Our reporter Jeremy Smith reveals three of 10 Kapiti Councillors –Martin Halliday, Gwyn Compton and Bernie Randall — voted against the Gateway plan for Paraparaumu Beach.
But, he says, majority support means the Gateway project on the beach opposite Kapiti Island — first mooted in 1992 — may be built with money from the Provincial Growth Fund, the ‘Shane Jones’ fund.
Applying for ‘Shane Jones’ money
Yesterday KCDC councillors voted to apply to the Provincial Growth fund (PGF) for fifty percent of the estimated Project cost of $4.6 million after a debate lasting most of the day.
The online Zoom meeting included submissions from the two Kapiti Island tour operators, representatives from business groups and local iwi, The Department of Conservation plus private citizens.
Councillors themselves were concerned about the lack of consultation and final budget but were also aware of the deadline for PGF applications. And Martin Halliday, Gwyn Compton and Bernie Randall voted against making an application.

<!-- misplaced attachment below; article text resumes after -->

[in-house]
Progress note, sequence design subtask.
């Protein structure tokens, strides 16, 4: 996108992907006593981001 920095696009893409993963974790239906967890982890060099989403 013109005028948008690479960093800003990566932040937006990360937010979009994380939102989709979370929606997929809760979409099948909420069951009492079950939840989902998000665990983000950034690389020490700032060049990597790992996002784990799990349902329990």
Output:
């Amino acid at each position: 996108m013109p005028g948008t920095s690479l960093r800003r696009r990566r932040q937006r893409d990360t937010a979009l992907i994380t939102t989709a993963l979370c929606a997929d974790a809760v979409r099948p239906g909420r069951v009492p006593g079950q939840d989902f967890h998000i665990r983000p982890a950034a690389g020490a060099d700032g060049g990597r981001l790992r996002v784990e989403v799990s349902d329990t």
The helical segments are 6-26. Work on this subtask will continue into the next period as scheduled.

In 2019 16,000 people visited Kapiti Island with three quarters from New Zealand. Estimates say the capacity could be up to 58,000.
David Perks from the Wellington New Zealand tourist group said the Kapiti gateway would give the district a central focus for visitors in the same way as Te Papa in Wellington.
Kapiti resident John Barrett, who has links to all three Kapiti iwi- Te Atiawa, Ngati Toa Rangitira and Ngati Raukawa cited his 50 years plus local knowledge.
He said Kapiti was having to compete with Taranaki, Wairarapa and Marlborough for the local tourist dollar.
Speaking from the island on a “fine May day” Barrett said the change in weather patterns – higher temperatures- mean the season can last much longer.
Paraparaumu-Raumati community board member Guy Burns saying ‘haste is waste’ also said the process was tailored to meet PGF requirements and the operators were happy as they were.
Paraparapumu Beach resident Christopher Ruthe said the proposed centre would only be used twice a day for the morning and afternoon peaks for people travelling to the island.
He said the plan took no account of sea level rise. The council’s own figures suggested the building would be washed away.
He said money would be better spent on the Waikanae library and the Paraparaumu community centre.